News: Five-dimensional glass can store up to 360TB of data.
Scientists at the University of Southampton have developed a way of storing up to 360 terabytes of data on glass that can be stored for billions of years.
The breakthrough called 5D optical memory has been developed by optical scientists at the university by making use of nanogratings.
This is essentially nanoscale grating that is created by shooting femtosecond laser pulses of light at metal or glass in order to produce markings in it.
Nanogratings aren’t anything new having been first invented in 1999 by Professor Peter Kazansky, who leads a group at a research centre in physical optoelectronics at the Univeristy of Southampton. Through the technique the research have also discovered how to store up to 50GB of data in glass shards.
This has been achieved by using lasers to create tiny dots in pure silica glass known as "voids."
From research to reality though is a big step, so researchers have developed a method of reading and writing data to use by using a five-dimensional digital data storage method, so instead of tiny dots, the femtosecond lasers create self-assembling nanostructures.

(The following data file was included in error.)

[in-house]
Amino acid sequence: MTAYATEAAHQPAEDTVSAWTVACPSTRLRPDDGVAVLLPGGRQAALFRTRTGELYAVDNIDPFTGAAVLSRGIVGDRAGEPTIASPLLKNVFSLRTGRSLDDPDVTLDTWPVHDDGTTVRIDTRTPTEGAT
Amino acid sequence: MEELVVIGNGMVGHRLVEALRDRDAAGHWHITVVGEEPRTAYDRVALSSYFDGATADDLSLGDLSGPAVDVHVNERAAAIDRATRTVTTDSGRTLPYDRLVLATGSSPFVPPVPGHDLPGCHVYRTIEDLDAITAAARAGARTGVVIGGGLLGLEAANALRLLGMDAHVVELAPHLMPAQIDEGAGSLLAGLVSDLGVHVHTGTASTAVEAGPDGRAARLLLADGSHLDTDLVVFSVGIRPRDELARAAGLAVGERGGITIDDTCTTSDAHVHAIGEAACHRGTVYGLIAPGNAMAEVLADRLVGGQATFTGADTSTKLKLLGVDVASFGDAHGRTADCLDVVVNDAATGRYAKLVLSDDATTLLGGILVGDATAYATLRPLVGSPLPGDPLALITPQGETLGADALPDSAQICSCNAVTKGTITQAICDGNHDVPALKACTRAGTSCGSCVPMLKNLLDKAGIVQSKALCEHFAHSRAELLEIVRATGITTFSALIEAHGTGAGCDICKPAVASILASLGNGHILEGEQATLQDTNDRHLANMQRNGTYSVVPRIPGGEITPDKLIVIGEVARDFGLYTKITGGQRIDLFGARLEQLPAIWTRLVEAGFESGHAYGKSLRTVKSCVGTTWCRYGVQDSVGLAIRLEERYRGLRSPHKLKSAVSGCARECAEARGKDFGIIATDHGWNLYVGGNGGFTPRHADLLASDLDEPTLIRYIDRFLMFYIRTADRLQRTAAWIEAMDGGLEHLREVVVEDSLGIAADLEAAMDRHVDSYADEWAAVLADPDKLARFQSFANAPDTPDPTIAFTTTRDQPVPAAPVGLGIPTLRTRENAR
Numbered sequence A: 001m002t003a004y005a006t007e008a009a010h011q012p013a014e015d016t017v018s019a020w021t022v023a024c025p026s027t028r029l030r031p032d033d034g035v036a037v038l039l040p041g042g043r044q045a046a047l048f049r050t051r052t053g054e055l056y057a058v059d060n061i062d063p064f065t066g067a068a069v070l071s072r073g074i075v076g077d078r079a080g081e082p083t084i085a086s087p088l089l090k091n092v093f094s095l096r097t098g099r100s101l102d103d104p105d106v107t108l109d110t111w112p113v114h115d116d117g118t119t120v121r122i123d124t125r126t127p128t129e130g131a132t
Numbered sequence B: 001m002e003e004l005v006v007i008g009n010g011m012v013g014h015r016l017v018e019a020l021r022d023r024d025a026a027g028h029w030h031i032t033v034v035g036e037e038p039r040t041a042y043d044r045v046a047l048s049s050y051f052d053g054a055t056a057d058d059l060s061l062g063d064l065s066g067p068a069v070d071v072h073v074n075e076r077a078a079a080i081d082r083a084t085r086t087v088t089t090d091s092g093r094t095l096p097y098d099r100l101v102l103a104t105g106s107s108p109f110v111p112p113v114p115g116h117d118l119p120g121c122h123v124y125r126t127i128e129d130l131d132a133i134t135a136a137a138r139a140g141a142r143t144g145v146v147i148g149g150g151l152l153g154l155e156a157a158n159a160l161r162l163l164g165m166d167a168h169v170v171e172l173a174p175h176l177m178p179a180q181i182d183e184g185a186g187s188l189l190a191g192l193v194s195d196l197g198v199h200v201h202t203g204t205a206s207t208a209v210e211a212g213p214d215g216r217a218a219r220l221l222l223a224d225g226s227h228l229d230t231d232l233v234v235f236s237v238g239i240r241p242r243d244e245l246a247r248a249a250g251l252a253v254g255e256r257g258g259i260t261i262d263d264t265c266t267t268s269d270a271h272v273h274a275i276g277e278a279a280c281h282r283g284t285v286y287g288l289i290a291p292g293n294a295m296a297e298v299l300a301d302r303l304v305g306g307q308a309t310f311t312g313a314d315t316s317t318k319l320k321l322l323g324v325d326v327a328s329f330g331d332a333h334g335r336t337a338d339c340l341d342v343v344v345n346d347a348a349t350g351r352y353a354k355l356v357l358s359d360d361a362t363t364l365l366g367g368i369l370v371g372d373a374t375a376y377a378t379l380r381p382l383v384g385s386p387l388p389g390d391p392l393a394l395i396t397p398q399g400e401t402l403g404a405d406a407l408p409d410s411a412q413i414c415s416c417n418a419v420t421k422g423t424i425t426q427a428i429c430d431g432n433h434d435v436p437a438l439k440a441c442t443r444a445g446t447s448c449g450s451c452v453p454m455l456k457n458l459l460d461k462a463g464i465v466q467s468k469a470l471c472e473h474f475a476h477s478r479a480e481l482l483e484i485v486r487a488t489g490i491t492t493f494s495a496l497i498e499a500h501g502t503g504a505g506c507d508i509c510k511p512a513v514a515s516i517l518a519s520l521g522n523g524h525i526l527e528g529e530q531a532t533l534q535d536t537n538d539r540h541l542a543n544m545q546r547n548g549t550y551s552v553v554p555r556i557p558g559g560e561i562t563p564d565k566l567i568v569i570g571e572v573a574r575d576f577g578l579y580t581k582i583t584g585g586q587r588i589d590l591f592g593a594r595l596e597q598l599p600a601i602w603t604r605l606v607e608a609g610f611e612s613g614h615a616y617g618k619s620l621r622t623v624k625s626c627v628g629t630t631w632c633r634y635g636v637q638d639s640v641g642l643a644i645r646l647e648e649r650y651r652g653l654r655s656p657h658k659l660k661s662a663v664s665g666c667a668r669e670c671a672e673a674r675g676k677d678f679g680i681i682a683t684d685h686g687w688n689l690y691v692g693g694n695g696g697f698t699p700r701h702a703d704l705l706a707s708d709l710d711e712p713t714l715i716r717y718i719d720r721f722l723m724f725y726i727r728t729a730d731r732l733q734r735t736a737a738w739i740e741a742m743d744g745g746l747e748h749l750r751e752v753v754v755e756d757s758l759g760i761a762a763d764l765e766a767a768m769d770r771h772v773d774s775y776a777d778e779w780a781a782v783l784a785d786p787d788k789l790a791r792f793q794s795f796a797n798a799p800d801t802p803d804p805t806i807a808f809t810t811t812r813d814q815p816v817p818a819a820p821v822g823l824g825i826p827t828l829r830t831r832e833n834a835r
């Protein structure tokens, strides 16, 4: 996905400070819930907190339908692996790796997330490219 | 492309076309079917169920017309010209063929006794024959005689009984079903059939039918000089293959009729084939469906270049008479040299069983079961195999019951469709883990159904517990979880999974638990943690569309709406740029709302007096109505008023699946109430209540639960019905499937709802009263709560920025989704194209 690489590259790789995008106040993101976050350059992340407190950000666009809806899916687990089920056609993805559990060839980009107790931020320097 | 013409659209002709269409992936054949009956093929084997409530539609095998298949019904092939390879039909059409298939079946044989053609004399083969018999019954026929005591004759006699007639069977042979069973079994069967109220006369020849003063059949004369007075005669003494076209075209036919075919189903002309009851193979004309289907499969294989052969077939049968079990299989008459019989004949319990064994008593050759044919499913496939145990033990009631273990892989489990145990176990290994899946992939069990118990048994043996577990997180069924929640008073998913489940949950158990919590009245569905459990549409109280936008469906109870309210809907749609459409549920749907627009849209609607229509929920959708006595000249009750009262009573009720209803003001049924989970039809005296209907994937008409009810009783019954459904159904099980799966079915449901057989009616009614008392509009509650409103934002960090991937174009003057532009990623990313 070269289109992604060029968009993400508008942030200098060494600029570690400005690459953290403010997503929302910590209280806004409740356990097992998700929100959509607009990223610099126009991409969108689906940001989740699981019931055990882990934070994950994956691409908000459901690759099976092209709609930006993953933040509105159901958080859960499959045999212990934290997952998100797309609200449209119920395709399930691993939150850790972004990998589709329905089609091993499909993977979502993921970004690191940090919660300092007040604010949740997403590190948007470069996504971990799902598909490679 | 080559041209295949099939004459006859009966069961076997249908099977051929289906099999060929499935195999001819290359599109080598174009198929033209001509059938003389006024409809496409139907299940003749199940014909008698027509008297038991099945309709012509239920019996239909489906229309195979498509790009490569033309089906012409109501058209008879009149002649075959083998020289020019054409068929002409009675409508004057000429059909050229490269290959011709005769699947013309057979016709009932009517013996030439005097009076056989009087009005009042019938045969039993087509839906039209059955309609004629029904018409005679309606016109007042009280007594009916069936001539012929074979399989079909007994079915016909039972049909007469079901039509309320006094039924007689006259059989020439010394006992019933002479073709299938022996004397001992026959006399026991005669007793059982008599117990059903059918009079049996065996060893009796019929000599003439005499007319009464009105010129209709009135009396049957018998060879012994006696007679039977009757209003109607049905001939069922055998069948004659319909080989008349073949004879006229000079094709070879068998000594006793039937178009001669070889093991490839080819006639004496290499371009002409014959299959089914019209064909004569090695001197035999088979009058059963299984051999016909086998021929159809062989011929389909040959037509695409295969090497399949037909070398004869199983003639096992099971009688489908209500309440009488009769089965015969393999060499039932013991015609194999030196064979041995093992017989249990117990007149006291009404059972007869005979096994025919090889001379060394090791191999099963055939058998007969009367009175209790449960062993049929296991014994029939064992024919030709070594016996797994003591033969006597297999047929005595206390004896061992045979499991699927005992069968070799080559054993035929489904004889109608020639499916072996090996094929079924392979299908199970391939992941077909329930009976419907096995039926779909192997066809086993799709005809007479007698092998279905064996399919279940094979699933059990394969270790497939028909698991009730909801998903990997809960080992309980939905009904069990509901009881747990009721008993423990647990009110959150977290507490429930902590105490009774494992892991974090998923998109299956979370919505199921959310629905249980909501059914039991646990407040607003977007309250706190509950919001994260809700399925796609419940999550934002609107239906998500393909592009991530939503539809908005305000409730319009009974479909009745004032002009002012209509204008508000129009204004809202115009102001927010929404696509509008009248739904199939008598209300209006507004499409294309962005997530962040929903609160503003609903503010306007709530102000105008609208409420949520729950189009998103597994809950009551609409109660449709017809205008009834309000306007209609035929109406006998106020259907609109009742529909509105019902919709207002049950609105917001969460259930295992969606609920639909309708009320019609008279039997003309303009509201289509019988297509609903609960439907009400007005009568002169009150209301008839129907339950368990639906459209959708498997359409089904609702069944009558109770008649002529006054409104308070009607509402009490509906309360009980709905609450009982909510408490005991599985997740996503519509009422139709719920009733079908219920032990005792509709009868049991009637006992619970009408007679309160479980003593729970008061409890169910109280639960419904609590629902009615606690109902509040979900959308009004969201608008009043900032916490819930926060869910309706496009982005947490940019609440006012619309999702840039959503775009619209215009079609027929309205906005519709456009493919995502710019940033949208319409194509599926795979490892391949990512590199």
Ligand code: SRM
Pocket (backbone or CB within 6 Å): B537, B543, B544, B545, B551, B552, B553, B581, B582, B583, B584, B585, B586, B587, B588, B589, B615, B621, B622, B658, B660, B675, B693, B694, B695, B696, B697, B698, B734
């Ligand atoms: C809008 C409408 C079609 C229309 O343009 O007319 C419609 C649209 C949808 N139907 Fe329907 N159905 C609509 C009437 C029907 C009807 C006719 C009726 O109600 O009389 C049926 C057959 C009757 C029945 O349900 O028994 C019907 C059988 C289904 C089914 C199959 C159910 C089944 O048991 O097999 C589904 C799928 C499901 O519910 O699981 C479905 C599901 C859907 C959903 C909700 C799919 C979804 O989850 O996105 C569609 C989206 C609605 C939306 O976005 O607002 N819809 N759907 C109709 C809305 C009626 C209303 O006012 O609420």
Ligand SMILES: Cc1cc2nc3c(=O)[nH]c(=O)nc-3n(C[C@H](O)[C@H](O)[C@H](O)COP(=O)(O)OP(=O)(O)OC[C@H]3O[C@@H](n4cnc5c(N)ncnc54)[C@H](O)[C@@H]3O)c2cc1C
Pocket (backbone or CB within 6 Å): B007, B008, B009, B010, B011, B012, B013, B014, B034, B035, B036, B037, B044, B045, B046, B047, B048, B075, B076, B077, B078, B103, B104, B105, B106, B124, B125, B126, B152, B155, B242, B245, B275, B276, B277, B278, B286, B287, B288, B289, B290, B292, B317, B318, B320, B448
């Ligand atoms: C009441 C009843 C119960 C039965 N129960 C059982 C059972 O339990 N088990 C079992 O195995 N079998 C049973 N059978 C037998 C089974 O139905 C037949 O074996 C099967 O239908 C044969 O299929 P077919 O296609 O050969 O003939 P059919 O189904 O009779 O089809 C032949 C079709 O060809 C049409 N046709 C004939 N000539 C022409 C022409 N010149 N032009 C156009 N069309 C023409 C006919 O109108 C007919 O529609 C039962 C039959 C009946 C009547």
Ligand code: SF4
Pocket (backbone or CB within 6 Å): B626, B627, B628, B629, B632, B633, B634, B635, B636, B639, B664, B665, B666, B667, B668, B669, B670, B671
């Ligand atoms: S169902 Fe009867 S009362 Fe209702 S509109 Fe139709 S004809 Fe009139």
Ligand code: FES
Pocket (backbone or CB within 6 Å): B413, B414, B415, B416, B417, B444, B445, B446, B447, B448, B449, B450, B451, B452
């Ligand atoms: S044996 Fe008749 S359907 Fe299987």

Scientists found that the capacity of each dot could be increased from one to three, depending on the orientation of the structure.
In order to reach the dizzy heights of 360TB it was necessary for the orientation and strength of the nanogratings to become fourth and fifth dimensions. Creating this allowed for the vast amounts of data storage capacity and a thermal stability of up to 1,000 degrees Celsius. It also has a virtually unlimited lifetime when the data device is kept at room temperature the researchers say.
Compared to currently existing technologies the 5D optical memory far outlives them. For example the M-Disc can store data for up to 1,000 years while a regular Blu Ray disc lasts for between 10-20 years, flash storage for only a few years.
3D void-based fused silica disc technology that is being developed could enable storage for up to 100 million years, but that is a distance off the billions of years claimed by the researchers behind the 5D digital storage method.